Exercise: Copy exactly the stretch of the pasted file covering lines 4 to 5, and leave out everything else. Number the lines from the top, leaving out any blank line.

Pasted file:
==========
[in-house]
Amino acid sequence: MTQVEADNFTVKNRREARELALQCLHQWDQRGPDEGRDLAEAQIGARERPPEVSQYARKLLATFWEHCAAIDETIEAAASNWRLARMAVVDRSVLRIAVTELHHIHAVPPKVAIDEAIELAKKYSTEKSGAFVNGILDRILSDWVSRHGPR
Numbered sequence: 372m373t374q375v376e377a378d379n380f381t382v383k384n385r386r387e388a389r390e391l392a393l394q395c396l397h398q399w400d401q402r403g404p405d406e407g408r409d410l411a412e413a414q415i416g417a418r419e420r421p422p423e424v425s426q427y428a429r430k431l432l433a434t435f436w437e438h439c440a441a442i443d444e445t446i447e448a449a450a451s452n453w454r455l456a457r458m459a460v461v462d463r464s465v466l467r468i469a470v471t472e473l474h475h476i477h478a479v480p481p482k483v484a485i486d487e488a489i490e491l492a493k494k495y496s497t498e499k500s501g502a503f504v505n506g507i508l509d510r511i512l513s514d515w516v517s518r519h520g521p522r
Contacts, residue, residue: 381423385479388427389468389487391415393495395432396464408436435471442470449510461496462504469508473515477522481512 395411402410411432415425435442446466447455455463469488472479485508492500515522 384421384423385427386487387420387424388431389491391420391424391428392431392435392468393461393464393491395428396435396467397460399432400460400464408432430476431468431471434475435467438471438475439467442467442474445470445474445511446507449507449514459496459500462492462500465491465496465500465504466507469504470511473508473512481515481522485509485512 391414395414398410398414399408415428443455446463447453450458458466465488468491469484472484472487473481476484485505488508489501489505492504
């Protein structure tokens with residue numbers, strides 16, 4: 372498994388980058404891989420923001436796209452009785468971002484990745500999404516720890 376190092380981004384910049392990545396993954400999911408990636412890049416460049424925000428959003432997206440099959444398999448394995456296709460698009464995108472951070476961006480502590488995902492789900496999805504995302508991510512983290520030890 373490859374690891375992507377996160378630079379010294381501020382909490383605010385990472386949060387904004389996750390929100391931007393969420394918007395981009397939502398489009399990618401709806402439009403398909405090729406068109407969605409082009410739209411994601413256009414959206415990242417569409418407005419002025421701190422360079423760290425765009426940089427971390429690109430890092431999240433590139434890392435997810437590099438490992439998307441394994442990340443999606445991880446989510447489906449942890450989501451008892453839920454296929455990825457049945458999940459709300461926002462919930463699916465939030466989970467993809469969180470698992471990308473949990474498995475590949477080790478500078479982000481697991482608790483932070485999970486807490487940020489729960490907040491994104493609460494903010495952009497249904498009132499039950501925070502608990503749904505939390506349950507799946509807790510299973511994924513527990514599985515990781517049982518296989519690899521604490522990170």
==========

Contacts, residue, residue: 381423385479388427389468389487391415393495395432396464408436435471442470449510461496462504469508473515477522481512 395411402410411432415425435442446466447455455463469488472479485508492500515522 384421384423385427386487387420387424388431389491391420391424391428392431392435392468393461393464393491395428396435396467397460399432400460400464408432430476431468431471434475435467438471438475439467442467442474445470445474445511446507449507449514459496459500462492462500465491465496465500465504466507469504470511473508473512481515481522485509485512 391414395414398410398414399408415428443455446463447453450458458466465488468491469484472484472487473481476484485505488508489501489505492504
């Protein structure tokens with residue numbers, strides 16, 4: 372498994388980058404891989420923001436796209452009785468971002484990745500999404516720890 376190092380981004384910049392990545396993954400999911408990636412890049416460049424925000428959003432997206440099959444398999448394995456296709460698009464995108472951070476961006480502590488995902492789900496999805504995302508991510512983290520030890 373490859374690891375992507377996160378630079379010294381501020382909490383605010385990472386949060387904004389996750390929100391931007393969420394918007395981009397939502398489009399990618401709806402439009403398909405090729406068109407969605409082009410739209411994601413256009414959206415990242417569409418407005419002025421701190422360079423760290425765009426940089427971390429690109430890092431999240433590139434890392435997810437590099438490992439998307441394994442990340443999606445991880446989510447489906449942890450989501451008892453839920454296929455990825457049945458999940459709300461926002462919930463699916465939030466989970467993809469969180470698992471990308473949990474498995475590949477080790478500078479982000481697991482608790483932070485999970486807490487940020489729960490907040491994104493609460494903010495952009497249904498009132499039950501925070502608990503749904505939390506349950507799946509807790510299973511994924513527990514599985515990781517049982518296989519690899521604490522990170």